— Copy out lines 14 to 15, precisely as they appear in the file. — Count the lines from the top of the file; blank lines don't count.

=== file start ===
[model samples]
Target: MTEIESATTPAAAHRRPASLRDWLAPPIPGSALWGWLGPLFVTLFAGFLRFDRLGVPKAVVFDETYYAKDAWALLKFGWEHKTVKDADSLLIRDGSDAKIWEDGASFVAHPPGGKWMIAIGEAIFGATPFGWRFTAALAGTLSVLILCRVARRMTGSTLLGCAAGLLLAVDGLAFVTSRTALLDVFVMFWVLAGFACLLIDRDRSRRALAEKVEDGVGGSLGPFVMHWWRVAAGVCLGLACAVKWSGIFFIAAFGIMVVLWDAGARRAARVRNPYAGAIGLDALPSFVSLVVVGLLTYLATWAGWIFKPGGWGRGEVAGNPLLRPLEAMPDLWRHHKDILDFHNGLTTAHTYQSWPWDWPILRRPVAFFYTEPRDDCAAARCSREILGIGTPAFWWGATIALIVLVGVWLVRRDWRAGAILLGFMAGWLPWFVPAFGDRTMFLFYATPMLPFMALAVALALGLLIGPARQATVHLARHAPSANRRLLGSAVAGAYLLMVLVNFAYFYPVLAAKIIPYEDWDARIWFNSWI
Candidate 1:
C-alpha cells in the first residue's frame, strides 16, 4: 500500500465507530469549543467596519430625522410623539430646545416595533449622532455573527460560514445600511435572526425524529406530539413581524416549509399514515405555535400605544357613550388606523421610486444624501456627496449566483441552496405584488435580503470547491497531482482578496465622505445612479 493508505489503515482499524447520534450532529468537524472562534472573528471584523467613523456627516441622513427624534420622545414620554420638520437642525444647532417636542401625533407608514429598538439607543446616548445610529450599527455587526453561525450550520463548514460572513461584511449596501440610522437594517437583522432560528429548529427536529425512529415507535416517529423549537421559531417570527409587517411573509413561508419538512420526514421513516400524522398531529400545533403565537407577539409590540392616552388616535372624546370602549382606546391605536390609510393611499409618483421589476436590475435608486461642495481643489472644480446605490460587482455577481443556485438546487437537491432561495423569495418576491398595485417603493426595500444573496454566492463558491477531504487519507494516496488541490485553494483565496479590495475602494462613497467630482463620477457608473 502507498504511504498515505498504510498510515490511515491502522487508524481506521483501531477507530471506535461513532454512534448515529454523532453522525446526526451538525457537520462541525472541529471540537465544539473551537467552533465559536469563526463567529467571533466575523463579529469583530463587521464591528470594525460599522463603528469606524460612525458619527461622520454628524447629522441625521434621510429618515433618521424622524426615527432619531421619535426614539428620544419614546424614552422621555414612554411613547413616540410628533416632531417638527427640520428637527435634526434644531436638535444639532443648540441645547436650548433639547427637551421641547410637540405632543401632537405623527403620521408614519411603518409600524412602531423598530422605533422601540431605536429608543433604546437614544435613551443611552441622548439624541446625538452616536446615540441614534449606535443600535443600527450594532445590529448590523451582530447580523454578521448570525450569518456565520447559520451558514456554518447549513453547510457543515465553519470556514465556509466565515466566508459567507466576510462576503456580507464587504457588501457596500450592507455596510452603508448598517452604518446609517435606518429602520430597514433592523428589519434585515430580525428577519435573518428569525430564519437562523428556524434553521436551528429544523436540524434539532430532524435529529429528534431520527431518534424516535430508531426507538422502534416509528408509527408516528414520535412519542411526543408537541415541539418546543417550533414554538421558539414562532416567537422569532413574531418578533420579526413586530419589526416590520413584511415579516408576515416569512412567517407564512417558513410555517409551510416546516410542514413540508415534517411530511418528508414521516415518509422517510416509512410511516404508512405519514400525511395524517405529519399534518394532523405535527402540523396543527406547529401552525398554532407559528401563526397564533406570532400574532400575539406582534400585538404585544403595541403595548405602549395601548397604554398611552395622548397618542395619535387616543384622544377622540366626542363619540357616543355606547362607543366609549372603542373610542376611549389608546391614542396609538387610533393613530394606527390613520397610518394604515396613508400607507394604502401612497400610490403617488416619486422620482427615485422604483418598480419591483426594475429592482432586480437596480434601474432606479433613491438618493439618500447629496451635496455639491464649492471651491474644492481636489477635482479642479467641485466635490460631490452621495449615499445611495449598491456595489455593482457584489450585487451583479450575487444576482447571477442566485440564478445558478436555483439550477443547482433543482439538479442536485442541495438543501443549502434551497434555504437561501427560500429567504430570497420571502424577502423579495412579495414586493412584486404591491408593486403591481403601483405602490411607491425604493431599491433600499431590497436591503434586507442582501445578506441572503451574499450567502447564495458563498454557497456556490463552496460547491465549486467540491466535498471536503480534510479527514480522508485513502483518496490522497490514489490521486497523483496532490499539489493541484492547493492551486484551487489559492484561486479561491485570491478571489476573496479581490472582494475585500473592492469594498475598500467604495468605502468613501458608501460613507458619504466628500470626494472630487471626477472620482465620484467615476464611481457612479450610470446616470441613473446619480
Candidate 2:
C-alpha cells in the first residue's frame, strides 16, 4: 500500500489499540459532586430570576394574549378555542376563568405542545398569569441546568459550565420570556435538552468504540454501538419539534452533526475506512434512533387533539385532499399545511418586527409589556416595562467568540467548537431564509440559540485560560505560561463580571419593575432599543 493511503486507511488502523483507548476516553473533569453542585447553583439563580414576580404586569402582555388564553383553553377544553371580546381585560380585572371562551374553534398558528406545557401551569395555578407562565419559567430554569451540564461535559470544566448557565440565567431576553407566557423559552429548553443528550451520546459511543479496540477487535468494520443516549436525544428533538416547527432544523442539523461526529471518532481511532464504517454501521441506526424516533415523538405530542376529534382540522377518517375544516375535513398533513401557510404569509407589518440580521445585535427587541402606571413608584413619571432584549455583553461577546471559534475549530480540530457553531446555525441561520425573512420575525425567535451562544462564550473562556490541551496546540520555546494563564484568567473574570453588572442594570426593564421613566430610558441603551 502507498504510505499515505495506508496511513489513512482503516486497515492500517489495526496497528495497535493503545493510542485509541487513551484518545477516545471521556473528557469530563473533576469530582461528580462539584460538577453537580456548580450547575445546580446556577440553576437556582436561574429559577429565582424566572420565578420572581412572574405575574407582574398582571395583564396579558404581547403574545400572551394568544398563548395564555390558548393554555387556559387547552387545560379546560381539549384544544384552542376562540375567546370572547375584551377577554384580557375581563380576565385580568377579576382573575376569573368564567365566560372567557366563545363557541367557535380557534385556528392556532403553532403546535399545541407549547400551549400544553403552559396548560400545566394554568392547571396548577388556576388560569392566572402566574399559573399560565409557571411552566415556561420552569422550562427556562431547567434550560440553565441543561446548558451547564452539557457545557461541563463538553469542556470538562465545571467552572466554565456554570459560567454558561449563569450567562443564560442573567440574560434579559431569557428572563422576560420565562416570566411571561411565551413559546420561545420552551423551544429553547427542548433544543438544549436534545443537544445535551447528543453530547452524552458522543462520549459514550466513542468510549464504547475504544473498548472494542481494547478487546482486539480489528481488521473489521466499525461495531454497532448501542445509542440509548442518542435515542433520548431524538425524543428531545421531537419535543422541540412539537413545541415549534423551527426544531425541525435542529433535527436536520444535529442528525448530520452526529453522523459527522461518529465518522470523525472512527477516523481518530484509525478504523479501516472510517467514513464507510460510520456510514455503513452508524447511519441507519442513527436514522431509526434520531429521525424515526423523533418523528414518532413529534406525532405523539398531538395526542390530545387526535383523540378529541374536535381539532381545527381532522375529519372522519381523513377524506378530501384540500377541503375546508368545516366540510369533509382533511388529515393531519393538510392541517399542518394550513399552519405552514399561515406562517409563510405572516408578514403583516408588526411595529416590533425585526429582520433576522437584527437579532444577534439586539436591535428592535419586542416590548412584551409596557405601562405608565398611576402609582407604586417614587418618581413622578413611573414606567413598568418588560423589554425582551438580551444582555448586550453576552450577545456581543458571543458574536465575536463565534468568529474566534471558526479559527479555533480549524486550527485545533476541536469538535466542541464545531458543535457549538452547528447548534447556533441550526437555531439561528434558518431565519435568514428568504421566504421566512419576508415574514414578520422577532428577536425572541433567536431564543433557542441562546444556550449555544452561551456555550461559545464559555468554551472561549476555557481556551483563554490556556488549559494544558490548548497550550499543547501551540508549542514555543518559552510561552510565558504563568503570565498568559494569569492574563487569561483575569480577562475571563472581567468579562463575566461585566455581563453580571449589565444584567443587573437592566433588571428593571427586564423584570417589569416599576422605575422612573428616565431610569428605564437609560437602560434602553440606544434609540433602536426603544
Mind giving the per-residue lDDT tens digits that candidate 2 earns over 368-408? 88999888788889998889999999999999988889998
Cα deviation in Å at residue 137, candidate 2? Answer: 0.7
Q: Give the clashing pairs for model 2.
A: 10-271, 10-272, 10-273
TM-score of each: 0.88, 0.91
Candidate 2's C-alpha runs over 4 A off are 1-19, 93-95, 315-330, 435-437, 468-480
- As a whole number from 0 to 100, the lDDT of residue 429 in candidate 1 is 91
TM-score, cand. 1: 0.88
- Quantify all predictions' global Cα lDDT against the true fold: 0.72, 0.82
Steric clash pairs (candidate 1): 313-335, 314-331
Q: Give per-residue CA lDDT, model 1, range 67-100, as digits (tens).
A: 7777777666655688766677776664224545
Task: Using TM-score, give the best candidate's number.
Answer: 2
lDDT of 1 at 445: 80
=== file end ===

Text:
TM-score, cand. 1: 0.88
- Quantify all predictions' global Cα lDDT against the true fold: 0.72, 0.82